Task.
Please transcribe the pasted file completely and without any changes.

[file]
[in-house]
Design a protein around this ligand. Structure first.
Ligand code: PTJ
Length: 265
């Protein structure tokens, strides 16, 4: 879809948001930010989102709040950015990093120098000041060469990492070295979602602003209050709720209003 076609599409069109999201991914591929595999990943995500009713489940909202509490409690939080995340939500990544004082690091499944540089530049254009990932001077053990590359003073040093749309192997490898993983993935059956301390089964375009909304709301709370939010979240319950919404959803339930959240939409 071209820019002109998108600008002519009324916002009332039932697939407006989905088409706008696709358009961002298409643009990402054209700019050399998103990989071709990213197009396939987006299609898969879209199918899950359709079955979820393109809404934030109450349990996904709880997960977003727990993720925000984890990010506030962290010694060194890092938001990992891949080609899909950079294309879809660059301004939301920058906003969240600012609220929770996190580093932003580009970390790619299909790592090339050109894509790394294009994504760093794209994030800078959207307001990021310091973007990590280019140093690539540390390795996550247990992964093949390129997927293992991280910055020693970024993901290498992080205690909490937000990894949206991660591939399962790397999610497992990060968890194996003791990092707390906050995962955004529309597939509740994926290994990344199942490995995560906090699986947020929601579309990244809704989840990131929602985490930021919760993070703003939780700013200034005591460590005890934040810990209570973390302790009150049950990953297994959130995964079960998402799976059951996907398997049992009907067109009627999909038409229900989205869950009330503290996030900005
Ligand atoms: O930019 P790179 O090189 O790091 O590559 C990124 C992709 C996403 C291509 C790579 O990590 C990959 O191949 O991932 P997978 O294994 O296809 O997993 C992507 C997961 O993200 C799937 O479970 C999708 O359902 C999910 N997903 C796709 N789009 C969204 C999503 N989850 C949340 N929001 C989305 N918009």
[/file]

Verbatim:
[in-house]
Design a protein around this ligand. Structure first.
Ligand code: PTJ
Length: 265
């Protein structure tokens, strides 16, 4: 879809948001930010989102709040950015990093120098000041060469990492070295979602602003209050709720209003 076609599409069109999201991914591929595999990943995500009713489940909202509490409690939080995340939500990544004082690091499944540089530049254009990932001077053990590359003073040093749309192997490898993983993935059956301390089964375009909304709301709370939010979240319950919404959803339930959240939409 071209820019002109998108600008002519009324916002009332039932697939407006989905088409706008696709358009961002298409643009990402054209700019050399998103990989071709990213197009396939987006299609898969879209199918899950359709079955979820393109809404934030109450349990996904709880997960977003727990993720925000984890990010506030962290010694060194890092938001990992891949080609899909950079294309879809660059301004939301920058906003969240600012609220929770996190580093932003580009970390790619299909790592090339050109894509790394294009994504760093794209994030800078959207307001990021310091973007990590280019140093690539540390390795996550247990992964093949390129997927293992991280910055020693970024993901290498992080205690909490937000990894949206991660591939399962790397999610497992990060968890194996003791990092707390906050995962955004529309597939509740994926290994990344199942490995995560906090699986947020929601579309990244809704989840990131929602985490930021919760993070703003939780700013200034005591460590005890934040810990209570973390302790009150049950990953297994959130995964079960998402799976059951996907398997049992009907067109009627999909038409229900989205869950009330503290996030900005
Ligand atoms: O930019 P790179 O090189 O790091 O590559 C990124 C992709 C996403 C291509 C790579 O990590 C990959 O191949 O991932 P997978 O294994 O296809 O997993 C992507 C997961 O993200 C799937 O479970 C999708 O359902 C999910 N997903 C796709 N789009 C969204 C999503 N989850 C949340 N929001 C989305 N918009």